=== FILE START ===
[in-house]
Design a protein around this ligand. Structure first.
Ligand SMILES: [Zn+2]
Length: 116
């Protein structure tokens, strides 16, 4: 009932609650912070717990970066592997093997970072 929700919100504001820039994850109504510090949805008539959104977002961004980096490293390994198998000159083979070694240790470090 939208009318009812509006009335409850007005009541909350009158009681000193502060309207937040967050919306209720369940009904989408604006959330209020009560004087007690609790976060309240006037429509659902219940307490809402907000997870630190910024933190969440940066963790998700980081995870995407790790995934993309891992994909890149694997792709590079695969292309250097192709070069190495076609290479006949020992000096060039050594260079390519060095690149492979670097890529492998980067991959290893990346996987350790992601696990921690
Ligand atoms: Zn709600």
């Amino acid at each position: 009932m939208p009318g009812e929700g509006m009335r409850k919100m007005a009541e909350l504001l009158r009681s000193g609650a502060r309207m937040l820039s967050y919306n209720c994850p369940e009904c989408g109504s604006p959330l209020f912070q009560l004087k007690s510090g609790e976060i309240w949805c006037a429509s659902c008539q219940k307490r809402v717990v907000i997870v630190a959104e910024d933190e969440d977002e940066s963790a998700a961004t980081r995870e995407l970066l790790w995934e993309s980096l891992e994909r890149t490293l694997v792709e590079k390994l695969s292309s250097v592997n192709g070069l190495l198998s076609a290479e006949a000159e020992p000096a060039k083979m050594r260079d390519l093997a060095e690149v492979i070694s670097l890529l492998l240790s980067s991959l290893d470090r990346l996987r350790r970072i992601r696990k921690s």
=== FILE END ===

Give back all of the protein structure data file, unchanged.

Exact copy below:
[in-house]
Design a protein around this ligand. Structure first.
Ligand SMILES: [Zn+2]
Length: 116
């Protein structure tokens, strides 16, 4: 009932609650912070717990970066592997093997970072 929700919100504001820039994850109504510090949805008539959104977002961004980096490293390994198998000159083979070694240790470090 939208009318009812509006009335409850007005009541909350009158009681000193502060309207937040967050919306209720369940009904989408604006959330209020009560004087007690609790976060309240006037429509659902219940307490809402907000997870630190910024933190969440940066963790998700980081995870995407790790995934993309891992994909890149694997792709590079695969292309250097192709070069190495076609290479006949020992000096060039050594260079390519060095690149492979670097890529492998980067991959290893990346996987350790992601696990921690
Ligand atoms: Zn709600």
């Amino acid at each position: 009932m939208p009318g009812e929700g509006m009335r409850k919100m007005a009541e909350l504001l009158r009681s000193g609650a502060r309207m937040l820039s967050y919306n209720c994850p369940e009904c989408g109504s604006p959330l209020f912070q009560l004087k007690s510090g609790e976060i309240w949805c006037a429509s659902c008539q219940k307490r809402v717990v907000i997870v630190a959104e910024d933190e969440d977002e940066s963790a998700a961004t980081r995870e995407l970066l790790w995934e993309s980096l891992e994909r890149t490293l694997v792709e590079k390994l695969s292309s250097v592997n192709g070069l190495l198998s076609a290479e006949a000159e020992p000096a060039k083979m050594r260079d390519l093997a060095e690149v492979i070694s670097l890529l492998l240790s980067s991959l290893d470090r990346l996987r350790r970072i992601r696990k921690s």